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A pilot study of occupational exposure to pathogenic microorganisms through lip cosmetics among dental hygienists

Authors
 Im‐hee Jung  ;  Ji‐hye Kim  ;  Yun‐Jung Yoo  ;  Bo‐young Park  ;  Eun‐sil Choi  ;  Hiejin Noh 
Citation
 JOURNAL OF OCCUPATIONAL HEALTH, Vol.61(4) : 297-304, 2019 
Journal Title
 JOURNAL OF OCCUPATIONAL HEALTH 
ISSN
 1341-9145 
Issue Date
2019
Keywords
bacteria ; cosmetics ; dental hygienist ; lip ; masks
Abstract
OBJECTIVES: In dental clinics, dental hygienists are exposed to aerosolized pathologic bacteria, which can be transmitted to the oral cavity via lip cosmetics. Accordingly, such contamination poses a consistent health risk among staffs. Our study examined the bacterial contamination of lip cosmetics used by dental hygienists while in a clinic setting. METHODS: Sixteen dental hygienists were surveyed regarding their job assignments and habits associated with lip cosmetic. Subsequently, microorganisms were analyzed in collected samples of the hygienists' lip cosmetics using colony-forming unit (CFU) assays, 16s-rDNA polymerase chain reaction, and DNA sequencing. RESULTS: Notably, 81.3% of the submitted lip cosmetic samples were contaminated, with bacterial CFUs ranging from undetectable to innumerable. Many samples (43.8%) exceeded the microbial limits of cosmetic contamination. Of the lip cosmetic used for more than 6 months, 60% exceeded the microbial limit. When wearing a mask every time, only one of the six samples exceeded the microbial limit. More frequent dental mask changing was associated with a lower likelihood that the cosmetic sample would exceed the microbial limit. No samples from hygienists who changed their masks four times a day exceeded the microbial limit, compared to 33.3% from hygienists who only changed the mask when it became wet. Most isolated bacteria were gram-positive, facultative anaerobic, asporogenic, and opportunistically pathogenic, and the most prevalent species were Staphylococcus aureus, Streptococcus salivarius, and Staphylococcus epidermidis. CONCLUSION: Our findings indicate that dental staff, including dental hygienists, should exercise more careful workplace habits, particularly with regard to infection control and cosmetic use.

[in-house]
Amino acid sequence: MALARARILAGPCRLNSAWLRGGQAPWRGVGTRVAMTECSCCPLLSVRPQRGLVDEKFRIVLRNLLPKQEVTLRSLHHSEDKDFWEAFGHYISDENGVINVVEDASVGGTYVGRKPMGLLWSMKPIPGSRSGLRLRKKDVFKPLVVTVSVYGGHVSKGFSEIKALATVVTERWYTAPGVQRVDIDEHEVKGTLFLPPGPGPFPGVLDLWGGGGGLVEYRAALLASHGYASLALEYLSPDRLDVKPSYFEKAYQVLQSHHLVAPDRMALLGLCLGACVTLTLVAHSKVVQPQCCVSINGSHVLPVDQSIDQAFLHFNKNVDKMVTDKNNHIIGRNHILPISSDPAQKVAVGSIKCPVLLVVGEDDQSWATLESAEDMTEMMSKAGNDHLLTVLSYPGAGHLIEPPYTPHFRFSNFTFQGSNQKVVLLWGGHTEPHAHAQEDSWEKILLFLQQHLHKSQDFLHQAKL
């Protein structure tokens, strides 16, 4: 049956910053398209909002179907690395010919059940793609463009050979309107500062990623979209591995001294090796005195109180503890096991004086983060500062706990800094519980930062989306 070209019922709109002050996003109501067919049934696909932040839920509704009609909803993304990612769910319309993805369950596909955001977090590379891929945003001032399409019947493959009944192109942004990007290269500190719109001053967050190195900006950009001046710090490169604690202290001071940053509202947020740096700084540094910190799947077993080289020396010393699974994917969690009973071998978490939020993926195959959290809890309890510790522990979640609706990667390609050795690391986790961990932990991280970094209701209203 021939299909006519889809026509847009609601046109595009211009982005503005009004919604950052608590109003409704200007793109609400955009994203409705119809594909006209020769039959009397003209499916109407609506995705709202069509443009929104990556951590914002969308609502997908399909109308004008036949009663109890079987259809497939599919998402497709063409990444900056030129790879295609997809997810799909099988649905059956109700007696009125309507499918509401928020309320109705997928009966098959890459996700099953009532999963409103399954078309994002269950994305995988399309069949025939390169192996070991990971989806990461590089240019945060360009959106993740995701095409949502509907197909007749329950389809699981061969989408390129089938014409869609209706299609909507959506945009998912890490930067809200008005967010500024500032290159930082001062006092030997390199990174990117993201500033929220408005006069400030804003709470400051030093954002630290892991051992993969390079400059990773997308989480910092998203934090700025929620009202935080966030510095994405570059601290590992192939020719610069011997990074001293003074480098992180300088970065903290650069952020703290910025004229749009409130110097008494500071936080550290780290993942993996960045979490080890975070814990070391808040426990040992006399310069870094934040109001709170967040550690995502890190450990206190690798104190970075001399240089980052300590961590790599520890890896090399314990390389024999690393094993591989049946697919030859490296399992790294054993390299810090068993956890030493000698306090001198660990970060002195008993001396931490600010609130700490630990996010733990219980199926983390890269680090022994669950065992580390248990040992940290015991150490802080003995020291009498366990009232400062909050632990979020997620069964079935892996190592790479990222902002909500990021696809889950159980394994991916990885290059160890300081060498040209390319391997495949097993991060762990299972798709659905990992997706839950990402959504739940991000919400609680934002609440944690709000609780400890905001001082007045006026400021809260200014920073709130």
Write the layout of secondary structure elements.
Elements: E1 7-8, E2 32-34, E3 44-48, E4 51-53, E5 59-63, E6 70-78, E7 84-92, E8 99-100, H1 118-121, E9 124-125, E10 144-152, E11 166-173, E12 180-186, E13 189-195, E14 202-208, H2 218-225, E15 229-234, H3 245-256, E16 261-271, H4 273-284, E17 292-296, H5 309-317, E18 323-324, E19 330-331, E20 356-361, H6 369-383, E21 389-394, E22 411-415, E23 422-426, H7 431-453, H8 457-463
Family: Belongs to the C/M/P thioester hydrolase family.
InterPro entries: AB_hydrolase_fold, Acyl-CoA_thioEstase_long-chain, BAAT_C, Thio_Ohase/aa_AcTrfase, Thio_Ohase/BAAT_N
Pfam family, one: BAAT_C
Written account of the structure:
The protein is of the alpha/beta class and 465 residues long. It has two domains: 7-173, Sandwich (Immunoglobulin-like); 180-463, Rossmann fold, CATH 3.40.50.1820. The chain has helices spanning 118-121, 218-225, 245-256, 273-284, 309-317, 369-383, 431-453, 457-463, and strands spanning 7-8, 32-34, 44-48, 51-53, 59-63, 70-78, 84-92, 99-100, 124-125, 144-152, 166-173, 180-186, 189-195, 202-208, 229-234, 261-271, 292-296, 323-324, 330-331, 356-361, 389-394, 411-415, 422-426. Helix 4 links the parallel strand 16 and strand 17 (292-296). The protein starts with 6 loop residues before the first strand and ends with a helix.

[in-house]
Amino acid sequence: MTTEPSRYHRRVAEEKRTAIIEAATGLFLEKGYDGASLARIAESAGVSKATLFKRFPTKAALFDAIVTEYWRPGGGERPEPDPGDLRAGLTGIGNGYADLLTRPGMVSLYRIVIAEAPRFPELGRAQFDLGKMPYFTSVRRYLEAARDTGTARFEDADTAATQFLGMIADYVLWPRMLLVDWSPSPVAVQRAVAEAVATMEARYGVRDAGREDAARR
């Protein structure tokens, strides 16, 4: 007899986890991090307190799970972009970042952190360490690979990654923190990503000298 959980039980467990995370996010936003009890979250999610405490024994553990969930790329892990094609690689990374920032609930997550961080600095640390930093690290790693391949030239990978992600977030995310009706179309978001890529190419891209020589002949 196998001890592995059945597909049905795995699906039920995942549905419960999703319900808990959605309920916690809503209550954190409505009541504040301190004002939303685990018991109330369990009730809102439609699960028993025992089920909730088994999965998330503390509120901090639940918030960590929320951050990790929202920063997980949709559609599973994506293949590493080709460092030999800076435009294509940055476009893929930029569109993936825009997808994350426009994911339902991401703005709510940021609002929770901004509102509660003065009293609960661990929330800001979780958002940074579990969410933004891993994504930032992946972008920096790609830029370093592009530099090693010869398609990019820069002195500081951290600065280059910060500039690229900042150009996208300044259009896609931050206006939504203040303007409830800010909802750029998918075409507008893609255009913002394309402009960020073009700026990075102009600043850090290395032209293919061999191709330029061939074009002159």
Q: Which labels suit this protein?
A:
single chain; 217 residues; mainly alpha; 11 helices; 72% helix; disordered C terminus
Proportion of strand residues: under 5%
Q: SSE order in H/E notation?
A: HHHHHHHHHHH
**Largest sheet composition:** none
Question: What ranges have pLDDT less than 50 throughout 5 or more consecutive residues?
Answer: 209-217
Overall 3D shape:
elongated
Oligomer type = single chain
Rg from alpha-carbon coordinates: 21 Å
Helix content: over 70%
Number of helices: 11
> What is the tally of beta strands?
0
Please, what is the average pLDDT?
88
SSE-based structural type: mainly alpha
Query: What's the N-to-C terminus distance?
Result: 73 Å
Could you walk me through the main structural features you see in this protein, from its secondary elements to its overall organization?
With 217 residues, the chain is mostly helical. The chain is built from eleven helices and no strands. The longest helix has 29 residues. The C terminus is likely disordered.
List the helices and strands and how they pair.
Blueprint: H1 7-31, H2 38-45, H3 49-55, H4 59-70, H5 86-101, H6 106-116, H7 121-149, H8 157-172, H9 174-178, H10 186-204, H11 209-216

Files in This Item:
T201902627.pdf Download
DOI
10.1002/1348-9585.12047
Appears in Collections:
2. College of Dentistry (치과대학) > Dept. of Oral Biology (구강생물학교실) > 1. Journal Papers
Yonsei Authors
Yoo, Yun Jung(유윤정) ORCID logo https://orcid.org/0000-0002-0045-9597
URI
https://ir.ymlib.yonsei.ac.kr/handle/22282913/173019
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